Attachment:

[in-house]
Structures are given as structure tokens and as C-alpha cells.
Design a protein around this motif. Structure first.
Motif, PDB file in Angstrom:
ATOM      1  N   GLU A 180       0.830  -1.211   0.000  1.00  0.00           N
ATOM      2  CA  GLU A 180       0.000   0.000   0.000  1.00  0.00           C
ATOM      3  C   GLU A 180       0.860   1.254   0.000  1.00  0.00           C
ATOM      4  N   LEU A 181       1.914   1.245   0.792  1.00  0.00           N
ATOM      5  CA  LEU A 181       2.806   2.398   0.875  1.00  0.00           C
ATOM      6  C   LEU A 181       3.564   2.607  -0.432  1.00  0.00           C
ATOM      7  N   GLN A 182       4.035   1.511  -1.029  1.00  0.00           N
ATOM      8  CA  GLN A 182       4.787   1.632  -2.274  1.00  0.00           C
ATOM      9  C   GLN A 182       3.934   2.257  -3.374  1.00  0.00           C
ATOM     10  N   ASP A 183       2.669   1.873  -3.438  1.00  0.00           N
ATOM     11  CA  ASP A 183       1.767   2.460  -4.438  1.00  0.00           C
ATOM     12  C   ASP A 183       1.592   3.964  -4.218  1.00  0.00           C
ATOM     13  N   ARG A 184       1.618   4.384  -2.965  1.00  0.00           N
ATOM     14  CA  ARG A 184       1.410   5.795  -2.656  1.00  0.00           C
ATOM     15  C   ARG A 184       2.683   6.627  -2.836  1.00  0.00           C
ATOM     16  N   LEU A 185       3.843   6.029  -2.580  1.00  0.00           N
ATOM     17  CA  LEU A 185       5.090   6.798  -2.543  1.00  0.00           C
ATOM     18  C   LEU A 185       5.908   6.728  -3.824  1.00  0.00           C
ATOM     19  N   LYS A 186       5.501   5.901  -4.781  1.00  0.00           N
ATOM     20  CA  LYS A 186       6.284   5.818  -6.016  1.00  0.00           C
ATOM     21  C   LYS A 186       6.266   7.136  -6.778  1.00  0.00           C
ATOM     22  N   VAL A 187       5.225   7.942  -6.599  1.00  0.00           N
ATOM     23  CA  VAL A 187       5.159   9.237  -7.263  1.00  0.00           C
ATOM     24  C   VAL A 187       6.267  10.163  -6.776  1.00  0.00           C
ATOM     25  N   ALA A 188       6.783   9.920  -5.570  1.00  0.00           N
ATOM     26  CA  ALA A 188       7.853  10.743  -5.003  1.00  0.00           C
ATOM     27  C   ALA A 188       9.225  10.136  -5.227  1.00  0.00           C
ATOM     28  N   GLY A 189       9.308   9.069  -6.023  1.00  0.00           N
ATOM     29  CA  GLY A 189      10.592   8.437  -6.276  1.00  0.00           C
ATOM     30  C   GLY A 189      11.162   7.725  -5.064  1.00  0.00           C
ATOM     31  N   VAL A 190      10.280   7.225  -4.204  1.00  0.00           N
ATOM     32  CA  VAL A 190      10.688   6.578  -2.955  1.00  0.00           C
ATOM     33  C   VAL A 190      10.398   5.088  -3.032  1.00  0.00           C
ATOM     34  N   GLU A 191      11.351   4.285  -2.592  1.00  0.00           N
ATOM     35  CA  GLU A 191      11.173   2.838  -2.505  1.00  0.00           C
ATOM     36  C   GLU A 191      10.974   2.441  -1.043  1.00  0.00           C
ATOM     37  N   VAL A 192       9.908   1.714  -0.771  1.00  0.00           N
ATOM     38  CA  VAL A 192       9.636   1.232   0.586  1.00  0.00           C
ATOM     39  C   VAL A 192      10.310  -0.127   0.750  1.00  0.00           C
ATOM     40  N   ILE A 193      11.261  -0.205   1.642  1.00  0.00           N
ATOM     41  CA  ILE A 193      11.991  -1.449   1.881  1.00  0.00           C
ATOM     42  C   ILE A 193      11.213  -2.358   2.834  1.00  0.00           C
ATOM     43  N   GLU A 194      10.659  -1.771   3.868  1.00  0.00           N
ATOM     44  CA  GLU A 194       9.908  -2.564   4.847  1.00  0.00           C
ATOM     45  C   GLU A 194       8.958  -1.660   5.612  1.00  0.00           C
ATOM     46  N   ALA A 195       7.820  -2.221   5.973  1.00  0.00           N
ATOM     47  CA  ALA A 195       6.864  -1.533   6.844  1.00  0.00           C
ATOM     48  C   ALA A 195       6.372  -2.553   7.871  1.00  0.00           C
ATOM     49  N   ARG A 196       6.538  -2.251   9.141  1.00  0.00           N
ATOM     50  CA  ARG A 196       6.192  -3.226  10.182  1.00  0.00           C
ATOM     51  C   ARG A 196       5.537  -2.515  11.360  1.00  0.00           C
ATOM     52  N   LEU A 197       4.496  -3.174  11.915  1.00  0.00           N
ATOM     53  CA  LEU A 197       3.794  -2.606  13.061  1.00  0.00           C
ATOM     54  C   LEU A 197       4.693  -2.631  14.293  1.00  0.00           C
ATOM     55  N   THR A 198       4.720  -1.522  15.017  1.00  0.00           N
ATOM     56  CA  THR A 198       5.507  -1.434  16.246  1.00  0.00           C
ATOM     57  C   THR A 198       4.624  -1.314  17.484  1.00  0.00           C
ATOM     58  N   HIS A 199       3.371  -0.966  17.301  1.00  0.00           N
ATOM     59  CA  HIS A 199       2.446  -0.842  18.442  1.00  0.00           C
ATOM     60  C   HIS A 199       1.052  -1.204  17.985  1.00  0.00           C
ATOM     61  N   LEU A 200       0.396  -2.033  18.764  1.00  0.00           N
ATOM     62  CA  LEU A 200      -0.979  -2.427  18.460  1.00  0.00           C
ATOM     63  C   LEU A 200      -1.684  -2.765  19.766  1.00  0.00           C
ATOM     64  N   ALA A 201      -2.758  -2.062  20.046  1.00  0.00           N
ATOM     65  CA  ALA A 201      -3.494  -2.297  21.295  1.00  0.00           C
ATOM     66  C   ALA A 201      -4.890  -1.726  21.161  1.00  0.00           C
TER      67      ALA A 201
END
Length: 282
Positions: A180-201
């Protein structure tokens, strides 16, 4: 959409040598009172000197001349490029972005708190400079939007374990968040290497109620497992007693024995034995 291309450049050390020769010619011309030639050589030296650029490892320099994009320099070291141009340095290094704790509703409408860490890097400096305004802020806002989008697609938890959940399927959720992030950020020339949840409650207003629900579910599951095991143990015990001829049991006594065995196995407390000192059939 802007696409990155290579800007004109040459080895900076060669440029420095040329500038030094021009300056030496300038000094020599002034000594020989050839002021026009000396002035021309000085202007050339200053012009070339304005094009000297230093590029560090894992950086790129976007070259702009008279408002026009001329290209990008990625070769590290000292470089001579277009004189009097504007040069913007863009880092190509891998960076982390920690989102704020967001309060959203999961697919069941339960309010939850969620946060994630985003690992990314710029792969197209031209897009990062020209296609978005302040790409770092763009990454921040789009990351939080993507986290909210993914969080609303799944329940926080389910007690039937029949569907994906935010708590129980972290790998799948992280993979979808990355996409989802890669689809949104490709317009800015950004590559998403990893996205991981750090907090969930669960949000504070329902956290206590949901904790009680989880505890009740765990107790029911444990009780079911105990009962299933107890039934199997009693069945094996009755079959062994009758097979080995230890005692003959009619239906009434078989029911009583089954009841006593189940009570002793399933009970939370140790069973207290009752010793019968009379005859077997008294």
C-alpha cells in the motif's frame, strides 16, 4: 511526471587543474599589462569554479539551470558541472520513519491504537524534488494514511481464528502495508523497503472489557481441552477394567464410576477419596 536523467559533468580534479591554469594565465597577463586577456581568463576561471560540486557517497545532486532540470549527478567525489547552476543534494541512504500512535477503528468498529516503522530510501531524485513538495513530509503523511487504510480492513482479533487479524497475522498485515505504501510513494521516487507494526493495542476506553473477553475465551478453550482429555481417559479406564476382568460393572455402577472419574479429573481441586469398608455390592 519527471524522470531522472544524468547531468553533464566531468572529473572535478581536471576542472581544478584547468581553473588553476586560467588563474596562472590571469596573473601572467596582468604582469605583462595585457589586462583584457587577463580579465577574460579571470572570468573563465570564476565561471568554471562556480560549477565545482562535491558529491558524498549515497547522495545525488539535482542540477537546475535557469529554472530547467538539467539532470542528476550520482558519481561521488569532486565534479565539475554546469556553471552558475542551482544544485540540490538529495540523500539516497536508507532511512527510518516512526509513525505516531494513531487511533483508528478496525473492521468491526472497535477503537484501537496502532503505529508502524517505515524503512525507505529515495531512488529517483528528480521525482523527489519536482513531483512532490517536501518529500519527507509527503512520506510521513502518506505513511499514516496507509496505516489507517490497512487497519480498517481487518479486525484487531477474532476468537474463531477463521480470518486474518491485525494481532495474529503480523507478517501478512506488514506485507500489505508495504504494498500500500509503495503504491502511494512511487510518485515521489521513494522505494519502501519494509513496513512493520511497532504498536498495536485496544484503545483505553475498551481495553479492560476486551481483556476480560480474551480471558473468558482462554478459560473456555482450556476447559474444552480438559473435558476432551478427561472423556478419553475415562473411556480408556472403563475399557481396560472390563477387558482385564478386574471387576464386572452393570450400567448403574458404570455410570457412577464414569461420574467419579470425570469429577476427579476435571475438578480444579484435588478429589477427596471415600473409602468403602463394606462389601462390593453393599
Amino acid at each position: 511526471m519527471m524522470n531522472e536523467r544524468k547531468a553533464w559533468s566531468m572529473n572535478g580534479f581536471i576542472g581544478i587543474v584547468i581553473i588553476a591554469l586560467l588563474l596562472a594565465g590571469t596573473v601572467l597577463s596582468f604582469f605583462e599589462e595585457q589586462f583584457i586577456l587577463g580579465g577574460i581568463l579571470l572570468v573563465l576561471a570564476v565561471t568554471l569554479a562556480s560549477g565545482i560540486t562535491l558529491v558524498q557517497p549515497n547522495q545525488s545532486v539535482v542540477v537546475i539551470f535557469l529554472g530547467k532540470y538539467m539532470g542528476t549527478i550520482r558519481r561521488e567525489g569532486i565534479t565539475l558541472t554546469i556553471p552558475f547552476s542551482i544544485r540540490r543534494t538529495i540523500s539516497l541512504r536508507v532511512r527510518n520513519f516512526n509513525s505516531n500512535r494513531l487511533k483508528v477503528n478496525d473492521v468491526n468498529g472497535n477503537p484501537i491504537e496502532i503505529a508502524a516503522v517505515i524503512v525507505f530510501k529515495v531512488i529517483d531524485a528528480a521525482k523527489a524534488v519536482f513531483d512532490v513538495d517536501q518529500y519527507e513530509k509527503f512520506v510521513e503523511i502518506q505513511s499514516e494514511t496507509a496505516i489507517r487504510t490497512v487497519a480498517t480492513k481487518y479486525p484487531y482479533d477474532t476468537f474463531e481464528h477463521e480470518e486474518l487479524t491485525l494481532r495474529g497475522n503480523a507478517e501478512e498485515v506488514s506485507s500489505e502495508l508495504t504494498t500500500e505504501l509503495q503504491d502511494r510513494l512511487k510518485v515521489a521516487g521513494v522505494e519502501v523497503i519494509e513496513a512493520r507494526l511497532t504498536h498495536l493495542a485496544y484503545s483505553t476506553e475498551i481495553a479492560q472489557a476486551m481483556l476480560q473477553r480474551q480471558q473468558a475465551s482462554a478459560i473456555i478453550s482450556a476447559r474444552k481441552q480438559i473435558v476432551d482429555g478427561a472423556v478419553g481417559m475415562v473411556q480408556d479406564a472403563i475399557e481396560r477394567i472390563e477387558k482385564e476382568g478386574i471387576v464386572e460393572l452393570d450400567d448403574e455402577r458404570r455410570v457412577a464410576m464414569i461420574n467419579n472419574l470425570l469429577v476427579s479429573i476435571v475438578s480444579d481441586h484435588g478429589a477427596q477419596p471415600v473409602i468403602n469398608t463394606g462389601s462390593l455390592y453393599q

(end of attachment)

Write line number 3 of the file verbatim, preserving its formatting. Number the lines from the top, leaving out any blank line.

Design a protein around this motif. Structure first.